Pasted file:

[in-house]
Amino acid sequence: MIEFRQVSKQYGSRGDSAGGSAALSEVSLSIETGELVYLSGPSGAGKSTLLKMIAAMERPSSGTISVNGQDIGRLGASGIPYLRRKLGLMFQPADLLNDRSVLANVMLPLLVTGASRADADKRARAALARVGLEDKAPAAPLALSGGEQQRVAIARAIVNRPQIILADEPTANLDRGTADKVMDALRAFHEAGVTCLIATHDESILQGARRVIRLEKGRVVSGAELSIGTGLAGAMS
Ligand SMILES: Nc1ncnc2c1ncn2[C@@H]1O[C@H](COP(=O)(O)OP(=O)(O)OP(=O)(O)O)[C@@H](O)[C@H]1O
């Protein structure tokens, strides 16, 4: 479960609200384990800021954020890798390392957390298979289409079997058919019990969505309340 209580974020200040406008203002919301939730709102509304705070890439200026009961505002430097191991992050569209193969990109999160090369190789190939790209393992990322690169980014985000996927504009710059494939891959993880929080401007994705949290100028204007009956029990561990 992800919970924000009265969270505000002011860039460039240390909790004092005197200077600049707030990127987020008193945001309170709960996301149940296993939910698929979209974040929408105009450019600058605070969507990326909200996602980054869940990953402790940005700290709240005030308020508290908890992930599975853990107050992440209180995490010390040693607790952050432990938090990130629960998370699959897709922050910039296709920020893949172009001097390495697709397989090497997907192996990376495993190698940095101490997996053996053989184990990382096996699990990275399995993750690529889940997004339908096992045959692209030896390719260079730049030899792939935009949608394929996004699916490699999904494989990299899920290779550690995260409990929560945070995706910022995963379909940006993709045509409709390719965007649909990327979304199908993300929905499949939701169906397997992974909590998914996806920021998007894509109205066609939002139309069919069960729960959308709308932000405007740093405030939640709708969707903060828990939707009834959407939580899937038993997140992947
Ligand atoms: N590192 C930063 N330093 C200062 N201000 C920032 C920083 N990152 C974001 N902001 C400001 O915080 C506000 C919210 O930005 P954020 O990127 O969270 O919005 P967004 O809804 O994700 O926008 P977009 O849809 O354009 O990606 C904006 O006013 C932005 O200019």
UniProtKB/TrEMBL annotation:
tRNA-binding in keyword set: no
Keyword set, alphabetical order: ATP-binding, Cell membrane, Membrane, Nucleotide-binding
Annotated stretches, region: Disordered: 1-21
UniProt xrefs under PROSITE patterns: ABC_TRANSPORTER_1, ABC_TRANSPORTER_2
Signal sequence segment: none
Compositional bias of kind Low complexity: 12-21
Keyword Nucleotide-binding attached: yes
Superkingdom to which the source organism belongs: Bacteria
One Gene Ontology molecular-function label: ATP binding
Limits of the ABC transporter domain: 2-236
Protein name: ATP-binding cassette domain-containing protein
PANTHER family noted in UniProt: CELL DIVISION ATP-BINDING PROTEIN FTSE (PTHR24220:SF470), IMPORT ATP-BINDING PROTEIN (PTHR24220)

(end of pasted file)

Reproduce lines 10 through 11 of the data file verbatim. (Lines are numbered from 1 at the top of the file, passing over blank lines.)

UniProt xrefs under PROSITE patterns: ABC_TRANSPORTER_1, ABC_TRANSPORTER_2
Signal sequence segment: none